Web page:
Keeping tabs on cloud deployment costs, and their capacity to expand rapidly, will lead IT leaders to rely on powerful analytics solutions that are on-hand all the time.
If a prime lure of cloud technology strategies is cost reduction and efficient resource utilization, then CIOs must be able to verify that they’re getting those benefits. Cloud analytics solutions that allow for digging into both usage and billing data will give IT leaders the power to quickly spot potentially costly services and prevent budget overruns. And they’ll be able to do it all from mobile devices, in the middle of meetings.
Hardware giants get creative to stay cloud relevant
The leviathans of the server, networking, and chip supplier industry refuse to accept that they’ve been commoditized into the background. They will continue to make big gambles to be strategic in a world now controlled by cloud players.
Whether it’s the Dell-EMC merger or HP’s impending split into two companies, clearly the seemingly unshakeable titans of the technology hardware space are feeling the ground quaking. The cloud revolution means that the deep ties these kingpins used to have with customers are being severed at an alarming rate, and the result is increased dependence on business from the likes of Amazon, Google, and Microsoft.
Interesting alliances are now on the table along with potentially radical new lines of business designed to pivot these deep-rooted organizations into positions of renewed value to their customer bases. Underestimating the genius these companies are capable of would be a huge mistake since many of them have fully staffed labs and innovation centers purpose built to help them creatively think outside the box.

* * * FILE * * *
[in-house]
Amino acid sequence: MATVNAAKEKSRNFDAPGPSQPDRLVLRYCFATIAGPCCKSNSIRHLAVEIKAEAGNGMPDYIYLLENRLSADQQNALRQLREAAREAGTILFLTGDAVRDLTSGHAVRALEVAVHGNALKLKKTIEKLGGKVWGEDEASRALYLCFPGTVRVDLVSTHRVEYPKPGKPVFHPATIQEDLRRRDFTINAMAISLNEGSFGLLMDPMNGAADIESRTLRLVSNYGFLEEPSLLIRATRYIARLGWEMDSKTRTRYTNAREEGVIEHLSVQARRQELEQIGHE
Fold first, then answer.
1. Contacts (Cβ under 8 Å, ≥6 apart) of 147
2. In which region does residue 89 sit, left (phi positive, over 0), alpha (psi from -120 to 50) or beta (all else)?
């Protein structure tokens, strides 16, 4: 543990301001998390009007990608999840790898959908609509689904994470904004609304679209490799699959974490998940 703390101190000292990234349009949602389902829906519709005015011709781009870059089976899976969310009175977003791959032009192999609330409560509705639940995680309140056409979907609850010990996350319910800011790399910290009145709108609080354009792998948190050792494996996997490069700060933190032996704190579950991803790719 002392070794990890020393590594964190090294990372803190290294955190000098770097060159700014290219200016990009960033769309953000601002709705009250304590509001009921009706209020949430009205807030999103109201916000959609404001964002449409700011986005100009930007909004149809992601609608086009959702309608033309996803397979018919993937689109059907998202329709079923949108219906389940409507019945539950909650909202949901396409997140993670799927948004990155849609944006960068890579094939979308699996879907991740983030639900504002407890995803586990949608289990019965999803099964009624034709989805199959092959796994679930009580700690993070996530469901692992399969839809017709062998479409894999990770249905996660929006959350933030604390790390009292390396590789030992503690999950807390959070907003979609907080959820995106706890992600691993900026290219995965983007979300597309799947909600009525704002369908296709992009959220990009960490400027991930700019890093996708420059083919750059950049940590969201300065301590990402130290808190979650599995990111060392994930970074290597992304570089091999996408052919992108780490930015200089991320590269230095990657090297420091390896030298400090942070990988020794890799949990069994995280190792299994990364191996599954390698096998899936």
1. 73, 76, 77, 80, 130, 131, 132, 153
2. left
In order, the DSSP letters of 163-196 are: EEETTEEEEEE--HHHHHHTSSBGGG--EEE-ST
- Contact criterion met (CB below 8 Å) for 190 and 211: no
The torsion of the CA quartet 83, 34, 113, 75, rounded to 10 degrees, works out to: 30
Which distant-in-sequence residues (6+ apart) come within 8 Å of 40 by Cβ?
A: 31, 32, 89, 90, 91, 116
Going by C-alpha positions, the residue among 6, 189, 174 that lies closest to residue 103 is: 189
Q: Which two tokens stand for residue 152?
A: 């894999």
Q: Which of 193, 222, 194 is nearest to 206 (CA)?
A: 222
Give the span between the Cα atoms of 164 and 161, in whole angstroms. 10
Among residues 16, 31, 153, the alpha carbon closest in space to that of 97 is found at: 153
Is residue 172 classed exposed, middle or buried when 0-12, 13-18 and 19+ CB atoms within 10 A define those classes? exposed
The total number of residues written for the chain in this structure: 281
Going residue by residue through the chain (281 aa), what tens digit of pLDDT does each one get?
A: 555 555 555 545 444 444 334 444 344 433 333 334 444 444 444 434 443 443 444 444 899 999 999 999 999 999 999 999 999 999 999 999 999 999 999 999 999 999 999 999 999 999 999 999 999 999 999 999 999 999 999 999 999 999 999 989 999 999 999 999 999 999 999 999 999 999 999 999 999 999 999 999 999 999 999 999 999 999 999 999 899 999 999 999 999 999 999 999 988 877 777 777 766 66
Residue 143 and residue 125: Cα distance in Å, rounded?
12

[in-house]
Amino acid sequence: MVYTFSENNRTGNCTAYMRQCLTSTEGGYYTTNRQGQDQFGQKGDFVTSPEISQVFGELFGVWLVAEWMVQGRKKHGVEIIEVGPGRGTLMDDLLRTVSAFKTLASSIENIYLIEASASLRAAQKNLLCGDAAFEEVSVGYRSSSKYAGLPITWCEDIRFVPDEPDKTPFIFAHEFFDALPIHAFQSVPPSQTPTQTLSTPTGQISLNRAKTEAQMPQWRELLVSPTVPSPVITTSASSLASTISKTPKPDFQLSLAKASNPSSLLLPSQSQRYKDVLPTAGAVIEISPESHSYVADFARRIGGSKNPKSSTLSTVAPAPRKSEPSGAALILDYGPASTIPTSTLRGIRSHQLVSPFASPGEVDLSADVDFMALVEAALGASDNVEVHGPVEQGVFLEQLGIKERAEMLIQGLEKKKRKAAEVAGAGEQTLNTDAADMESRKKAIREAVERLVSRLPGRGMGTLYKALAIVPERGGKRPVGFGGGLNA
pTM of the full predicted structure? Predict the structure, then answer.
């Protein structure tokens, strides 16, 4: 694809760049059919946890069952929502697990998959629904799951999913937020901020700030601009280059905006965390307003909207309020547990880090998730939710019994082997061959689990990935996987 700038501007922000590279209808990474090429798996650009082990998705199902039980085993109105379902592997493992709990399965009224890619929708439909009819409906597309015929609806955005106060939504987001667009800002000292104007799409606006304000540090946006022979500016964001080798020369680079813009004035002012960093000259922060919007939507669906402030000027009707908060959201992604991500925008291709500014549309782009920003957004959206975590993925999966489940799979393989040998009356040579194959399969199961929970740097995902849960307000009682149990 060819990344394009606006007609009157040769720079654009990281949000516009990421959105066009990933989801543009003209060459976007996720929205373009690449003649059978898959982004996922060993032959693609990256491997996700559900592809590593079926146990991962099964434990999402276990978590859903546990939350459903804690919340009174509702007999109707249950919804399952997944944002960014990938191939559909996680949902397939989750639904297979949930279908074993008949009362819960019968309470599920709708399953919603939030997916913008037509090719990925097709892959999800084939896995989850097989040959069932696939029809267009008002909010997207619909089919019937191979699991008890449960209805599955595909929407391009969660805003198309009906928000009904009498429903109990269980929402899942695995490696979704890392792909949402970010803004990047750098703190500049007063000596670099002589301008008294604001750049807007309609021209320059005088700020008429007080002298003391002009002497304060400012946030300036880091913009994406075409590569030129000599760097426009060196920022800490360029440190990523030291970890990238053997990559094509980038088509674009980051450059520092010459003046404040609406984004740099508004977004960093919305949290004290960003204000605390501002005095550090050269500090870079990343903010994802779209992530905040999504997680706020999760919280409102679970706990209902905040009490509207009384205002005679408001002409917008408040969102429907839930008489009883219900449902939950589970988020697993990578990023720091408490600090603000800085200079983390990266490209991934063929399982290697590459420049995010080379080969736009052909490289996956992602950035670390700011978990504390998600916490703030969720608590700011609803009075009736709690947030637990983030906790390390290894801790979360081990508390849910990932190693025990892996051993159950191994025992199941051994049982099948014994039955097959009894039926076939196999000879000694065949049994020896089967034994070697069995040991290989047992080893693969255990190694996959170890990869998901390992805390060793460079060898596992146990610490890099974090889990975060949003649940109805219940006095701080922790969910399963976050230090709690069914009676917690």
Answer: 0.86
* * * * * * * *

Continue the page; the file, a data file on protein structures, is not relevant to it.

Moving data to the cloud gets closer to copy/paste
Self-service data integration and data prep solutions may have been the rage in 2015, but 2016 will be all about simple methods for pushing data from inside organizations as well as from web platforms into cloud data ecosystems.
With self-service cloud analytics and data prep now a reality, the chance of letting an individual move data into a cloud ecosystem quickly and easily (and without a technical background) is on the horizon. Simple solutions that largely decouple the complexity of data integration, staging, and transformation and focus solely on letting business users drop data into preferred cloud databases and warehouses are on their way.
European data rules will highlight commitments to cloud data
The invalidation of the long standing Safe Harbor Principles by the Court of Justice of the European Union (CJEU) means U.S. companies moving user data across the Atlantic will need to be explicit on where they stand on data privacy, or run the risk of losing their customer’s faith.
Major cloud players wasted no time issuing statements about their dedication to customer data privacy after the CJEU’s ruling on Safe Harbor. For those big enough to already have dedicated infrastructure in Europe the message is easy. For those that don’t, 2016 will be a test. Do they roll the dice and hope that a new agreement is hammered out that allows them to continue to be able to operate solely in the U.S., or do they ensure customer loyalty by committing to European data infrastructure and proactively get in front of the data privacy debate?
Cloud marketplaces pose a dilemma for software companies
Big cloud infrastructure players got smart early on and developed marketplaces to give their customers easy and direct access to their favorite 3rd party solutions without ever having to leave the platform. The growth of these marketplaces is undeniable. As a result, marketplace sellers are faced with a customer loyalty conundrum.